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Irina Starikova
Bristol University
  1. Why Do Mathematicians Need Different Ways of Presenting Mathematical Objects? The Case of Cayley Graphs.Irina Starikova - 2010 - Topoi 29 (1):41-51.
    This paper investigates the role of pictures in mathematics in the particular case of Cayley graphs—the graphic representations of groups. I shall argue that their principal function in that theory—to provide insight into the abstract structure of groups—is performed employing their visual aspect. I suggest that the application of a visual graph theory in the purely non-visual theory of groups resulted in a new effective approach in which pictures have an essential role. Cayley graphs were initially developed as exact mathematical (...)
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  2.  9
    From Practice to New Concepts: Geometric Properties of Groups.Irina Starikova - 2012 - Philosophia Scientae 16:129-151.
    The paper aims to show how mathematical practice, in particular with visual representations, can lead to new mathematical results. The argument is based on a case study from a relatively recent and promising mathematical subject—geometric group theory. The paper discusses how the representation of groups by Cayley graphs made possible to discover new geometric properties of groups.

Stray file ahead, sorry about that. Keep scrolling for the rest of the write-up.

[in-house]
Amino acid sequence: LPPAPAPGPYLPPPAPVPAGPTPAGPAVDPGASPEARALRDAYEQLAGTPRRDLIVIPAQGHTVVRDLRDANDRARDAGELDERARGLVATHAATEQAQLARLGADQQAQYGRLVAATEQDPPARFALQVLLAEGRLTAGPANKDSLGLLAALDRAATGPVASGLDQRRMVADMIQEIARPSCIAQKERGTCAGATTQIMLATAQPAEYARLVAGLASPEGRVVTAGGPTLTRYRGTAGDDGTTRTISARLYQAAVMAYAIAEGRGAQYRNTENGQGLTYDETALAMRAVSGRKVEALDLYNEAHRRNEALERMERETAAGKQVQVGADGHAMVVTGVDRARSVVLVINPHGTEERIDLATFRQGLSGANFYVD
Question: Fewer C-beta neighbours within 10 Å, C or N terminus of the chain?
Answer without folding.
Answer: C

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  3.  12
    Thought Experiments in Mathematics.Irina Starikova & Marcus Giaquinto - unknown
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  4. Mathematical Knowledge: Intuition, Visualization, and Understanding.Leon Horsten & Irina Starikova - 2010 - Topoi 29 (1):1-2.
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  5.  11
    Aesthetic Preferences in Mathematics: A Case Study†.Irina Starikova - 2018 - Philosophia Mathematica 26 (2):161-183.
    Although mathematicians often use it, mathematical beauty is a philosophically challenging concept. How can abstract objects be evaluated as beautiful? Is this related to their visualisations? Using an example from graph theory, this paper argues that, in making aesthetic judgements, mathematicians may be responding to a combination of perceptual properties of visual representations and mathematical properties of abstract structures; the latter seem to carry greater weight. Mathematical beauty thus primarily involves mathematicians’ sensitivity to aesthetics of the abstract.
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  6.  44
    Picture-Proofs and Platonism.Irina Starikova - 2007 - Croatian Journal of Philosophy 7 (1):81-92.
    This paper concerns the role of intuitions in mathematics, where intuitions are meant in the Kantian sense, i.e. the “seeing” of mathematical ideas by means of pictures, diagrams, thought experiments, etc.. The main problem discussed here is whether Platonistic argumentation, according to which some pictures can be considered as proofs (or parts of proofs) of some mathematical facts, is convincing and consistent. As a starting point, I discuss James Robert Brown’s recent book Philosophy of Mathematics, in particular, his primarily examples (...)
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